The body has several requirements that need to be met before it can adapt to exercise. One of these requirements is that you exercise within your work capacity. If you exceed your work capacity, you’re overreaching. Temporary overreaching can be beneficial in a properly periodized training plan, but if you do it on a continual basis, it can lead to overtraining, which can be harmful to the body (Ost et al., 2016). Researchers warn that excessive exercise can impair your immune system, increasing your risk of infection; however, your immune system is improved by appropriate levels of exercise (Radak et al., 2008). In addition, it’s possible that the cardiovascular (heart, lungs, & blood) and limbic (brain) systems benefit as well (Ntanasis-Stathopoulos et al., 2013).
The following image illustrates what the dose-response relationship looks like:
How we differ: muscle mass and individual adaptations
Skeletal muscle tissue is made of proteins, and it exists in a homeostatic tug-of-war between creation (muscle protein synthesis: MPS) and degradation (muscle protein breakdown: MPB). These two mechanisms are influenced by exercise and diet. Researchers like Atherton and Smith claim that exercise has anabolic and catabolic potential. This means that exercise could cause your muscles to grow or atrophy depending on how you periodize your program and recover from each workout. Growth is associated with increased MPS and lowered MPB, and atrophy is associated with increased MPB and lowered MPS (Atherton & Smith, 2012).
Think about it like this: MPS is like the good bees that bring honey into a beehive, while MPB is like the evil bees that try to steal honey from the hive. Both good and evil bees are constantly trying to bring honey in and out of the hive, but at the end of the day, the only thing that matters is how much honey is left. If there is a net gain in honey (+MPS-MPB), then the hive was successful and all the good bees mock the evil bees. But if the evil bees won, the hive shrinks in size and the potential for honey storage shrinks with it. This is obviously an oversimplification, but it helps us understand the basics of MPS/MPB. The point is that honey-gathering and honey-stealing are continuous processes that go on throughout the day. I think there’s a bit of a misconception when people say the body only adds muscle at the end of the day/week. It’s a continuous process, and it’s influenced by our diet and exercise.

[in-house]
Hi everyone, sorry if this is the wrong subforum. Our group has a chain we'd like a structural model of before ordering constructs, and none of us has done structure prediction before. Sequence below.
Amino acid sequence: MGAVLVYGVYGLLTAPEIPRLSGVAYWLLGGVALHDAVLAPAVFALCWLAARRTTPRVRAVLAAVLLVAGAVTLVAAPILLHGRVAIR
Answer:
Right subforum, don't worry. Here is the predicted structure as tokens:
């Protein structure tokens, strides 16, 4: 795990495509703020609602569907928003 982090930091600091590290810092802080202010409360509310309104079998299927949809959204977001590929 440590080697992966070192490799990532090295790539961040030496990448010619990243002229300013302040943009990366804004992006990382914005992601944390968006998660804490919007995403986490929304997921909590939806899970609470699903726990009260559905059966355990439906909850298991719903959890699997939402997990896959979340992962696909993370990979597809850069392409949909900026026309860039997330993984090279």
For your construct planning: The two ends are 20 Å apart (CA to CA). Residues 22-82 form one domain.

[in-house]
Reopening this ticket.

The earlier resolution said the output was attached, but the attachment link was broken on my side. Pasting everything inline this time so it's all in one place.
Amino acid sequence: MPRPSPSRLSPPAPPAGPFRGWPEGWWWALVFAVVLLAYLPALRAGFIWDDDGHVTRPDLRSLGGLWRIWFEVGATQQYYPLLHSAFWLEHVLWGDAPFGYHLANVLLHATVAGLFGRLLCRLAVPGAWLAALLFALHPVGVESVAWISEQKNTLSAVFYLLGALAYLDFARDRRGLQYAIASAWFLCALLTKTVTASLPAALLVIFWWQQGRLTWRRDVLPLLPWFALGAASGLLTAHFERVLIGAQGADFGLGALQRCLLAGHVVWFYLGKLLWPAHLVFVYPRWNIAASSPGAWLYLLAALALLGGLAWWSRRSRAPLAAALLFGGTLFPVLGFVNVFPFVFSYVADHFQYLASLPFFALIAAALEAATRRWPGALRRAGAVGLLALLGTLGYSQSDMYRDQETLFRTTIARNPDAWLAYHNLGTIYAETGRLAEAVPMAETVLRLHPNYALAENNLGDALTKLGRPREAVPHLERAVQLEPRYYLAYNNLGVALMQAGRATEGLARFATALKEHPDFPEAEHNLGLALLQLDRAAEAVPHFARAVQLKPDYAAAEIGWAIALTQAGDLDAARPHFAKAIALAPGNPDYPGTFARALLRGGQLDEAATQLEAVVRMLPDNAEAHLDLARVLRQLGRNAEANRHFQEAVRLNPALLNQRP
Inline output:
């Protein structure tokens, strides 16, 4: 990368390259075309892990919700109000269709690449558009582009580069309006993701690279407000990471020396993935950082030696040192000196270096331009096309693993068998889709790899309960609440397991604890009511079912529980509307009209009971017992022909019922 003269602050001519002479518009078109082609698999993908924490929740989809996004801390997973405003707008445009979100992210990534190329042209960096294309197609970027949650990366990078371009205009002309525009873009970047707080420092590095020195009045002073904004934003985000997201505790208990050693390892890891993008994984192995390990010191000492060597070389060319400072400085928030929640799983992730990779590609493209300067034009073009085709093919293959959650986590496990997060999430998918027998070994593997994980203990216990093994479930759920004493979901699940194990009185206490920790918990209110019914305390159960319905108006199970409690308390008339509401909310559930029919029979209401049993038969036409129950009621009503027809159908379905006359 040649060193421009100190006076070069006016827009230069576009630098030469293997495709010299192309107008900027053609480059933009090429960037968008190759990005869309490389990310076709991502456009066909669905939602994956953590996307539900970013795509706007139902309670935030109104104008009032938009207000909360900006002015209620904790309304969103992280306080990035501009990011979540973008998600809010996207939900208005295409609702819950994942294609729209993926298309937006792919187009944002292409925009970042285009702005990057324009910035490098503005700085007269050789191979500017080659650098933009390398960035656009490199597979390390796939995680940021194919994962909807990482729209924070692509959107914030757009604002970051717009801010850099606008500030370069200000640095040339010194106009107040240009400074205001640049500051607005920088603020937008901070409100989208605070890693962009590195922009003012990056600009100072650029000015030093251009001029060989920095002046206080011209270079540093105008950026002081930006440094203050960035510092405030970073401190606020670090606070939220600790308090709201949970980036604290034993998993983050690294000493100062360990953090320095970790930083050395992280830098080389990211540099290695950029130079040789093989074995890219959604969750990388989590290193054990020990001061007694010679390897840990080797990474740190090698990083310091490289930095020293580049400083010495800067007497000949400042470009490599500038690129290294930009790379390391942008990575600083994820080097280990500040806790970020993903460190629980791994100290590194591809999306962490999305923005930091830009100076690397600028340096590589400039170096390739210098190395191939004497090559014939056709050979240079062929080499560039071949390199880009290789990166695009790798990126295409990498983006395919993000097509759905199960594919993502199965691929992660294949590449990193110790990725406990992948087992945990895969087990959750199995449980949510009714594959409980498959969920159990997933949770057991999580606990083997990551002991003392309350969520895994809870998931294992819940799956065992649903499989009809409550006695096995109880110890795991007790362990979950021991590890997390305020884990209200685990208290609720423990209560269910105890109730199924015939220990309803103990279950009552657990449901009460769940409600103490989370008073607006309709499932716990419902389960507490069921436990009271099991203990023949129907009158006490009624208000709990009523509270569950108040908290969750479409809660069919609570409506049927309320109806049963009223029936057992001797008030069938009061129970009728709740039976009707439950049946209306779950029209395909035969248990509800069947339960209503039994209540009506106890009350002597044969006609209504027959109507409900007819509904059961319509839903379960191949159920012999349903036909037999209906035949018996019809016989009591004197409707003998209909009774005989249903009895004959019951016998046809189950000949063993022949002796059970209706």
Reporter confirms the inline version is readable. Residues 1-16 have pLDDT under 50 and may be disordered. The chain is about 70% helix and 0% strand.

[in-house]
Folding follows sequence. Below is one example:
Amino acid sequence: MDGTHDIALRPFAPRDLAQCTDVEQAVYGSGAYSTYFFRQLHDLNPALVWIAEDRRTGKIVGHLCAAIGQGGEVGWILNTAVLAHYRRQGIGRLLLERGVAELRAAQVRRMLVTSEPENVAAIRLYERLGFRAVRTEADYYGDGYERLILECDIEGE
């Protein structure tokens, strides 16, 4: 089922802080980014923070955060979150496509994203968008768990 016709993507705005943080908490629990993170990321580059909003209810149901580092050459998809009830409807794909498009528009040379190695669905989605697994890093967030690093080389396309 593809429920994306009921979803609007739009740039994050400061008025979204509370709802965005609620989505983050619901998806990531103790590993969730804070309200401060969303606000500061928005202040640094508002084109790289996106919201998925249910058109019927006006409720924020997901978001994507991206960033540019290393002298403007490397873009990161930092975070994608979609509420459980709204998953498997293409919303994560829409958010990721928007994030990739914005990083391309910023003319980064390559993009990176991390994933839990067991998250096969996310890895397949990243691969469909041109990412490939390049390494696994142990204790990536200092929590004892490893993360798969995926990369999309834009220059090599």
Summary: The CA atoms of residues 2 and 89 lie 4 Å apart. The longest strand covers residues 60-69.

However, there’s a lot of difference between individuals and how well their bodies adapt to exercise. Researchers have labeled individuals who respond well to exercise as “responders” or “high-responders,” while those who do not adapt as well are called “non-responders” or “low-responders” (Davidsen et al., 2011; McGlory & Phillips, 2015).
An issue here is that very few studies actually report how individuals respond to exercise. The studies are mostly focused on determining how people respond on average, as a group. I often see people discussing studies online, and usually they will look at the results of a study and directly relate it to their own life. This is not ideal, and here’s why:
Let’s say you have 10 people in a study. Five increased their muscle mass by 1lb. following a two-month resistance training program, while the five others experienced a 4lb. mass increase. The mean improvement was 2.5lb. You can’t extrapolate these results to your own life. You can’t tell whether you’re a responder or non-responder. You might experience completely different outcomes than the people in the study did if you were to follow the same exercise program and/or diet. Here’s what some researchers have to say on the matter: